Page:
The most important element of any outreach email, in my opinion, and experience, is the subject line. The more opens you get, the more people are reading the email and, hopefully, click through to the campaign.

If a journalist hasn’t opened your email, they’re not going to see your campaign and, of course, certainly won’t be linking.

How can you improve open rates, however?

  • Use emojis – it may sound simple but in a busy inbox, you need to stand out. We’ve found the inclusion of emojis to be a great way to do this. Don’t go overboard, but clever inclusion can draw eyes to your email over others’.
  • Don’t be cryptic – it’s tempting to try and engage a journalist to open your email by being cryptic and using mysterious subject lines which try to use intrigue. But this rarely works. Journalists are busy people and we need to accept this. Get straight to the point with subject lines.
  • Use key statistics – Include key campaign statistics in subject lines to make it instantly clear what your story is. Lead with the most shocking and surprising stats and use this as a way to gain opens. If you’ve got a great story and headline, this is where it’s the most effective.
  • Use coverage headlines – if you’ve already had some early coverage on a campaign, test the headline published from one of these as your subject line. Journalists are often better at writing enticing headlines than marketers so don’t be afraid to try this out. It’s often successful at landing further links!

7. Not every campaign earns hundreds of links

When you’ve had a great campaign idea it’s easy to set your sights on viral success. However, the biggest lesson we all need to learn is that this isn’t the norm.

Yes, I’ve had campaigns which have earned link volumes into the thousands in just a few weeks, but it’s not how most campaigns play out and that’s OK.

Link building is hard, and it’s only getting harder.

Does that mean that links are becoming less impactful? In my opinion, not at all. The exact opposite, in fact.

Whereas a few years back it was relatively easy to earn links from top-tier media with sub-par infographics and listicles, times have changed.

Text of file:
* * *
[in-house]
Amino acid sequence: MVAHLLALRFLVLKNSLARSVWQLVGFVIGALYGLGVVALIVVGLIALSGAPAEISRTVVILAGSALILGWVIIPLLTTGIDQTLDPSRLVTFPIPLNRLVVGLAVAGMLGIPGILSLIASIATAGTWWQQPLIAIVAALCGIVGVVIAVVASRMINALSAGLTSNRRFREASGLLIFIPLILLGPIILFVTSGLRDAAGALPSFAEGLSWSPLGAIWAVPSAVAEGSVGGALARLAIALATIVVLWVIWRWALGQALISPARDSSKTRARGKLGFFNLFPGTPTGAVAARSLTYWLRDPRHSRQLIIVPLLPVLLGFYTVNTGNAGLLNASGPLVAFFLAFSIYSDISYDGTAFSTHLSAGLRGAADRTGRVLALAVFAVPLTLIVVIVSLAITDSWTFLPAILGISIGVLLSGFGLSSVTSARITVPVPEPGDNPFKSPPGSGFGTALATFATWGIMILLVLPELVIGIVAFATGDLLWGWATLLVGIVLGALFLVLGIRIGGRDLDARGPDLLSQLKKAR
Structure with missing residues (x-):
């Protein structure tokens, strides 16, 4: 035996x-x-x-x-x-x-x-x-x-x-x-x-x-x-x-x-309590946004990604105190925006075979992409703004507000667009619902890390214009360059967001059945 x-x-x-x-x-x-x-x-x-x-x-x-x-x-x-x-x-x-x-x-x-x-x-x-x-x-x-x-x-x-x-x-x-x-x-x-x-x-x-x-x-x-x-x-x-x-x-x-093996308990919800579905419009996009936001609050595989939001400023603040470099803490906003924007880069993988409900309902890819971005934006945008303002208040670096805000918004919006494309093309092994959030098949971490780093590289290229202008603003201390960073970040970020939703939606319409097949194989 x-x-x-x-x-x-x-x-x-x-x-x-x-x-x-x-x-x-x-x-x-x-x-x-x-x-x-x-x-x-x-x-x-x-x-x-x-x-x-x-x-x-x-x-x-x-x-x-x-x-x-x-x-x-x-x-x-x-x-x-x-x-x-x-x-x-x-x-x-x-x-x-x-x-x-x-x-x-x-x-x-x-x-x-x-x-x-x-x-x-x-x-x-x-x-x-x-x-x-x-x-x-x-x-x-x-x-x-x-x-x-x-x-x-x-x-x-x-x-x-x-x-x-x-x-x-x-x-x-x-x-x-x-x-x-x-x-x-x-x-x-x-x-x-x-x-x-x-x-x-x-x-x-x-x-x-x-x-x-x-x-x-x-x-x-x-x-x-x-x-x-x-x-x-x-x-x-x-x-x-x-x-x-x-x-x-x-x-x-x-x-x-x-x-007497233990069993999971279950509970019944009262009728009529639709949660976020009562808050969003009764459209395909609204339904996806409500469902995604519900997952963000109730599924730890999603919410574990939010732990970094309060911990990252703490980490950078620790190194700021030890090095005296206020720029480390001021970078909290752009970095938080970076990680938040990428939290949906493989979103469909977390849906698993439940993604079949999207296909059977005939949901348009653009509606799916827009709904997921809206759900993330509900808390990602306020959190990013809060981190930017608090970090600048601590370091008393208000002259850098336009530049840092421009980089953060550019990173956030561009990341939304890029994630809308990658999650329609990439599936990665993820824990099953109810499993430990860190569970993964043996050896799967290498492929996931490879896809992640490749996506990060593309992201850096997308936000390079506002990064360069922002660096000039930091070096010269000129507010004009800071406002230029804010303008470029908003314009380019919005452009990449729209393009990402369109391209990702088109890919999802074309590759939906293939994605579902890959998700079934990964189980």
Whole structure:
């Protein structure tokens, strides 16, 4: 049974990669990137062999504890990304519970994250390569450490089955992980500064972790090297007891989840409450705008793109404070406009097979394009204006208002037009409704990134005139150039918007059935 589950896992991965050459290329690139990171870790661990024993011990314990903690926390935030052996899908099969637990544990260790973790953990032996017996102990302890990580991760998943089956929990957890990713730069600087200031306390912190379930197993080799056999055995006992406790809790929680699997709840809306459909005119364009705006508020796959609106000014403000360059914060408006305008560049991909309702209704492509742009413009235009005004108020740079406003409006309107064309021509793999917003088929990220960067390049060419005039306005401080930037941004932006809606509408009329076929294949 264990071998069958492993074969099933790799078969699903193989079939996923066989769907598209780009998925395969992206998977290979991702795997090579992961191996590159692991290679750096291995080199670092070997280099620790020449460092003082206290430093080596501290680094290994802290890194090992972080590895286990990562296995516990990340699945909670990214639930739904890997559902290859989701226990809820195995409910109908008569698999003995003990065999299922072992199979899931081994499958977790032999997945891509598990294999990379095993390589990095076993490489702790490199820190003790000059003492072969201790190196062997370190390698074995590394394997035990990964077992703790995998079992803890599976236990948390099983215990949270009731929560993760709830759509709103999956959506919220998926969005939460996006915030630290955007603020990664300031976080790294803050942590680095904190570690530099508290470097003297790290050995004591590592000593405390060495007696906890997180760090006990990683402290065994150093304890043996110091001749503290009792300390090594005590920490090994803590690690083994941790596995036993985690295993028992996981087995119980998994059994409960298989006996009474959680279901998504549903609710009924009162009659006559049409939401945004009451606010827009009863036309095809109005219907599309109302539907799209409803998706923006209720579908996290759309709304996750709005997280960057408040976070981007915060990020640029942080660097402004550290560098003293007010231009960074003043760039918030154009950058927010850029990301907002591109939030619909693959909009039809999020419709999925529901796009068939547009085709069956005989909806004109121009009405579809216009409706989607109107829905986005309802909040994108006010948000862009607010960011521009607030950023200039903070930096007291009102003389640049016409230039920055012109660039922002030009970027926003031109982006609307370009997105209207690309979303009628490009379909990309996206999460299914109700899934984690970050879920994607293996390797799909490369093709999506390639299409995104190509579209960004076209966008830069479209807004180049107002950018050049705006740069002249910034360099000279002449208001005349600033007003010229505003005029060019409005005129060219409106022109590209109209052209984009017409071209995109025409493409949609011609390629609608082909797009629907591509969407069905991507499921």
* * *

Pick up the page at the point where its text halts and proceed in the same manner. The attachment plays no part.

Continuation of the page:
A campaign doesn’t need to earn hundreds of links to be successful and deliver the results which it needs to.

Be realistic.

Our average link acquisition per campaign in 2018 was 32 unique domains.

However, our focus is typically not upon straight numbers earned. There has to be consideration towards the quality of the links you’re building. Trust me when I say that 10 links from top-tier publications will do far more for your brand than 50 from bloggers.

Stop placing a focus on the number of links you’re earning but start to look at other metrics which reflect the quality of the publications.

8. Sustainable link building > One viral campaign

Taking the above point into consideration, it’s important that you’re working on a sustained link building strategy.

A one-off viral hit of links is nice for your ego. But does it really have the impact on your search engine visibility that you’re focusing upon?


Link building needs to be a sustained activity and the most effective campaigns are those which earn links month in month out, not once.

Take the time to map out a strategy which earns links on an ongoing basis and you’ll see more benefit to your brand. If one of those campaigns goes viral and earns hundreds of links, that’s fantastic (and as part of a wider campaign there’s absolutely benefits to be had there). But you need to ensure your primary focus is upon a long-term strategy for continued results.

Above all else, you need to make sure you’re collecting data around your own campaigns and using this to evolve your approach.

These are the lessons which I took away this past year from our own campaigns, but they may not be the same for everyone. Use them as inspiration to gather thoughts around areas to test and changes to make, and combine with your own ideas and thoughts to continue to push your campaigns forwards.

James Brockbank is the Managing Director of Digitaloft.

Related reading

SEO is a team sport: How brands and agencies organize work
How to write landing page copy that converts like crazy
transformation of search summit 2019
Your step by step guide to content marketing keyword research